Animal control & rescue

From ANIMAL PEOPLE, October 1995:

The city council of San Jose, California,
on August 29 approved a plan to turn all pet-related
licensing and complaint response duties over to the
Humane Society of Santa Clara Valley, which has
already handled pickups of dead, injured, or vicious
animals since 1993. The society will be paid $3.5
million to provide the services over the next 22
months. The San Jose cat licensing program, the
revenues of which support neutering strays, meanwhile
started fast, with 850 registrations in July
alone, well ahead of projections that about 3,000 cat
owners would comply with licensing in all this year.
HSSCV licensing manager Feryl Bird said that while
the neutering program is too new to see a decline in
stray cat pickups yet, the rate of increase in San Jose
is already lower than in neighboring communities.

Expecting Hurricane Erin to hit on July
3 1 , and remembering the aftermath of Hurricane
Andrew in August 1992, when animal rescue MASH
units were busy for months rounding up strays and
taking care of the pets of displaced persons, Miami
Metro-Dade animal control euthanized all 48 cats on
hand, and 71 of 111 dogs, so as to have cage room
for new arrivals. Then Eric didn’t hit after all. The
Miami Herald disclosed the mass euthanasia in a
page one story on September 9, as another hurricane
was imminently expected––and also didn’t hit.
Usual Miami policy is to hold stray dogs for at least
five days; cats may be euthanized immediately if
they don’t appear to be owned. After a storm, however,
seemingly owned animals are held for at least
two weeks. That takes cage space, and the Miami
Metro-Dade shelter, built to house 120 animals at a
time, already often holds up to 350.
In a much-publicized crackdown on
puppy mills, the Missouri legislature in 1992 passed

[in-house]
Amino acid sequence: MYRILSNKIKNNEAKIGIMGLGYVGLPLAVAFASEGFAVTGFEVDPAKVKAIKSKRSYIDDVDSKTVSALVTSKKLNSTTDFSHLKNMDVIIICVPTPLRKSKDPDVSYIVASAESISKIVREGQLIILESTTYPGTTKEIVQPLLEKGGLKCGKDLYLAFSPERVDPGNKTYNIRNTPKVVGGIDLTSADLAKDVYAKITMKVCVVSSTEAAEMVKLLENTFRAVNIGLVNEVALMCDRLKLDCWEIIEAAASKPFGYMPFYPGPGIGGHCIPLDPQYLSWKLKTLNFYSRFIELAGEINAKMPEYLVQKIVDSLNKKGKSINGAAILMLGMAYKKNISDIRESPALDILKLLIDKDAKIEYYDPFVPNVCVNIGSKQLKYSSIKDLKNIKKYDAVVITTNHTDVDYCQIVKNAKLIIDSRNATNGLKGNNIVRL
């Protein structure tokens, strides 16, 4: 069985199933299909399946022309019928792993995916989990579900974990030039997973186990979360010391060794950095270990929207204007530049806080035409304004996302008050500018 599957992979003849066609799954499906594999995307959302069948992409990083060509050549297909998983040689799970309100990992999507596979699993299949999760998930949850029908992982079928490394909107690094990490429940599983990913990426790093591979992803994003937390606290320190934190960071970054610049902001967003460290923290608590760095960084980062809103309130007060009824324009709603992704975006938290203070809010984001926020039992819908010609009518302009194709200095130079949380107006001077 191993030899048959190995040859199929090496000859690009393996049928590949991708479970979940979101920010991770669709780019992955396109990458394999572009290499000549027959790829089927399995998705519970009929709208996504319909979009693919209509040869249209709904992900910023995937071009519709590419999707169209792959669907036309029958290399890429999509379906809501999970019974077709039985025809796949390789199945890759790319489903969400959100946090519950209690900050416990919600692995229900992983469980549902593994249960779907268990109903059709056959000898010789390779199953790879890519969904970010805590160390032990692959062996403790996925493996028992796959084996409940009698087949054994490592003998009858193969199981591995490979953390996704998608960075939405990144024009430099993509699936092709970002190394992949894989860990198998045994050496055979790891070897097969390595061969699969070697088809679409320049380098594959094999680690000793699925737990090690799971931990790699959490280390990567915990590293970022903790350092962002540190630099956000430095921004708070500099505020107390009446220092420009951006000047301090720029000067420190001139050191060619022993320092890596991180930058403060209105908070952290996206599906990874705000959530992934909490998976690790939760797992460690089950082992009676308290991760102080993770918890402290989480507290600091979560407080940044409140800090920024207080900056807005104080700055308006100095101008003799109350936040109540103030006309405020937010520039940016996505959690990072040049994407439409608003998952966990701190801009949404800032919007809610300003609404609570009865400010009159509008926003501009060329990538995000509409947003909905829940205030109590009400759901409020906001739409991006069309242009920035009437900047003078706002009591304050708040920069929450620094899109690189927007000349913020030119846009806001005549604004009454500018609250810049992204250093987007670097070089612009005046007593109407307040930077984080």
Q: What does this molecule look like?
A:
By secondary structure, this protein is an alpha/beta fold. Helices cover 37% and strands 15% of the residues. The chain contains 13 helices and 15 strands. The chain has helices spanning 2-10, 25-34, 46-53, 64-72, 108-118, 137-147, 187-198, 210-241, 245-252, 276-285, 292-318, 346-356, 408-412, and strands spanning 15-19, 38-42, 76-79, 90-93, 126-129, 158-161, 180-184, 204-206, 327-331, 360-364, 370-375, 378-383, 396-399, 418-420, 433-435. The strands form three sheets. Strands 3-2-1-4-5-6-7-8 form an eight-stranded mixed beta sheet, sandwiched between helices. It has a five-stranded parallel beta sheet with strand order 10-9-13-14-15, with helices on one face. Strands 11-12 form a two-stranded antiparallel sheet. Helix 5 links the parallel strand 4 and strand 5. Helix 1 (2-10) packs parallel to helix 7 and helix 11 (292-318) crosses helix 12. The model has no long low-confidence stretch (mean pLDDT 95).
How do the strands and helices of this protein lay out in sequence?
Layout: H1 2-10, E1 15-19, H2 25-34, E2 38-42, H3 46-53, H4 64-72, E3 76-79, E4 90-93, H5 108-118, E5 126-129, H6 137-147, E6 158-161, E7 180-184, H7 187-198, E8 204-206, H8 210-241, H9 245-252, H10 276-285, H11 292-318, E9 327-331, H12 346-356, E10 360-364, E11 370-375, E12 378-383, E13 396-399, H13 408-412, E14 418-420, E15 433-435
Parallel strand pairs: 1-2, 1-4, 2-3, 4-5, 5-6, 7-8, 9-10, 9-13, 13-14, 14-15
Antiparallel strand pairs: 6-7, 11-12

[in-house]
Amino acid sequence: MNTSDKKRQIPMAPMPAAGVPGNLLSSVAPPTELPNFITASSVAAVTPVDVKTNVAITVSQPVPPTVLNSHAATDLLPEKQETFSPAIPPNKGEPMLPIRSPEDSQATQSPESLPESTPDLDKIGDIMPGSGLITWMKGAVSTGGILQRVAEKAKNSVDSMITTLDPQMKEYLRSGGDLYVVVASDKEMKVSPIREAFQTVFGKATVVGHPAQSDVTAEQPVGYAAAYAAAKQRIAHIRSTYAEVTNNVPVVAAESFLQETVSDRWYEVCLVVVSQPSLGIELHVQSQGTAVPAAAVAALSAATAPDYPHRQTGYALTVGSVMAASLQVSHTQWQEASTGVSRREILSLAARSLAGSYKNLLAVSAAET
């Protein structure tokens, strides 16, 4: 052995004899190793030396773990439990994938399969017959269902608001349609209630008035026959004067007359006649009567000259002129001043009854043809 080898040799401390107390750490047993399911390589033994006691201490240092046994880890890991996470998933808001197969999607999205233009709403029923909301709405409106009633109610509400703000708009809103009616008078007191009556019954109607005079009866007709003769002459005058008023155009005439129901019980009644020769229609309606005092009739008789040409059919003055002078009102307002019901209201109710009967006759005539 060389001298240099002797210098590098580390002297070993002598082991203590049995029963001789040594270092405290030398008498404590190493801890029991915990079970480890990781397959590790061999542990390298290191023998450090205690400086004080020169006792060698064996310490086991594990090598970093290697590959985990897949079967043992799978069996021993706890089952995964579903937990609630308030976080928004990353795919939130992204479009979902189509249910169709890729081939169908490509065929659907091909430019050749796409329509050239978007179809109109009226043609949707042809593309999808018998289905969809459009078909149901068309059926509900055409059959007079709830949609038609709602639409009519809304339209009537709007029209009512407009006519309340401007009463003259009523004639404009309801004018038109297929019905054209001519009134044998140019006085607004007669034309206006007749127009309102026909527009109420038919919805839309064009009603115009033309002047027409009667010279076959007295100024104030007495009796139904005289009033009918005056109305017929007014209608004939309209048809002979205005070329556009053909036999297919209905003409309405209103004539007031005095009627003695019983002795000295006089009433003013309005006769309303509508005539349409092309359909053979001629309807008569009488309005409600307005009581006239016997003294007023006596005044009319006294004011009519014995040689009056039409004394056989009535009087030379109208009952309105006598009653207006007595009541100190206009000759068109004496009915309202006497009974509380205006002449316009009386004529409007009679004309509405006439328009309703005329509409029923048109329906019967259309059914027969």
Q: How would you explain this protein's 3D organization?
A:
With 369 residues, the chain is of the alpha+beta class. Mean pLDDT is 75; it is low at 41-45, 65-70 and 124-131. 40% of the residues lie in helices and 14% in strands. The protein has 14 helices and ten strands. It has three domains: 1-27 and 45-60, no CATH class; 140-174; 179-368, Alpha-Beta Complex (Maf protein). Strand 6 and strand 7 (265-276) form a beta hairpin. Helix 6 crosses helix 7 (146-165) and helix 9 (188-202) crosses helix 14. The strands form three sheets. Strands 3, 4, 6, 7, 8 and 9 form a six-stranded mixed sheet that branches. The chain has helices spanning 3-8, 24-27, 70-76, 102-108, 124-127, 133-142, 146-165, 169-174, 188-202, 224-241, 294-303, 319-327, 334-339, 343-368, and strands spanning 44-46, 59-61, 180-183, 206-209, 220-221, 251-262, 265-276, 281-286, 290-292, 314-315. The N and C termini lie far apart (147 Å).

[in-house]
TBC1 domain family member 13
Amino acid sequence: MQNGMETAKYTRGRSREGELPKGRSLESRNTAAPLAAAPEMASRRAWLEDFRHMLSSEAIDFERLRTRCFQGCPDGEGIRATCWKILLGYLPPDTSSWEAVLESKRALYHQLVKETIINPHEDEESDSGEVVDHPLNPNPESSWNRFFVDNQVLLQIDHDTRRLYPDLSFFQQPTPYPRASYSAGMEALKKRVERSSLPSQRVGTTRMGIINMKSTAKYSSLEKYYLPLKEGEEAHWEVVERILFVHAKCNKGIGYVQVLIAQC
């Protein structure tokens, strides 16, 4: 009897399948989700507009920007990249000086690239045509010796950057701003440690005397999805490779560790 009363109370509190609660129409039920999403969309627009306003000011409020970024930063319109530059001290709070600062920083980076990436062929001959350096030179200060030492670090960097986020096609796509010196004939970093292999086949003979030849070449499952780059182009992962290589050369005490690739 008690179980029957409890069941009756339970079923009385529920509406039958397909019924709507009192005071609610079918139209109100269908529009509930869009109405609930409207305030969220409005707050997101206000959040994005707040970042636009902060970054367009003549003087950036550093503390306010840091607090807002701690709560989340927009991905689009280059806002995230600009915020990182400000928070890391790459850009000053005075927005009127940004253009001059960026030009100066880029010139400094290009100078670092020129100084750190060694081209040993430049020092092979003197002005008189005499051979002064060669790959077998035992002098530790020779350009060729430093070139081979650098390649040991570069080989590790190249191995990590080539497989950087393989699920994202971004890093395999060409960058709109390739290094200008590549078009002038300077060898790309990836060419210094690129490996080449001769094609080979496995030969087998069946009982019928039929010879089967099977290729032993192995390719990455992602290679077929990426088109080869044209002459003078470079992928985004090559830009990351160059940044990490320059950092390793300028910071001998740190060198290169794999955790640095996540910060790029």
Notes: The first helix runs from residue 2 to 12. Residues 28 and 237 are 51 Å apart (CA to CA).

the Animal Care Facilities Act, intended to supplement
USDA inspections conducted under the federal
Animal Welfare Act by establishing a second level of
inspection. On May 3, 1994, however, the Missouri
Department of Agriculture signed a memo of understanding
with the USDA which made the USDA
inspectors the official state inspectors, circumventing
the object of the law. Missouri state veterinarian
John Hunt, technically responsible for seeing to it
that the inspections get done, now heads a panel
appointed by the United States Animal Health
Association to draft “a model state kennel regulation
and inspection bill.” The USAHA bills itself as “the
nation’s leading organization of public and private
animal welfare officials,” but appears to be essentially
a front for breeders. The major goal of the model
bill is to “help insure that professional breeders in
various states are not at a regulatory disadvantage
with other states.” Another panel participant,
American Professional Pet Distributors Inc., has
pledged to “encourage the committee to recognize
that all animal welfare rules should apply equally to
professional and hobby breeders alike.”
Touching off a predictable furor, and
predictions of low compliance, Orlando Animal
Services and the Orlando Humane Society have proposed
a “litter impact fee” of $50 in hopes of reducing
respective euthanasia tolls of circa 9,000 and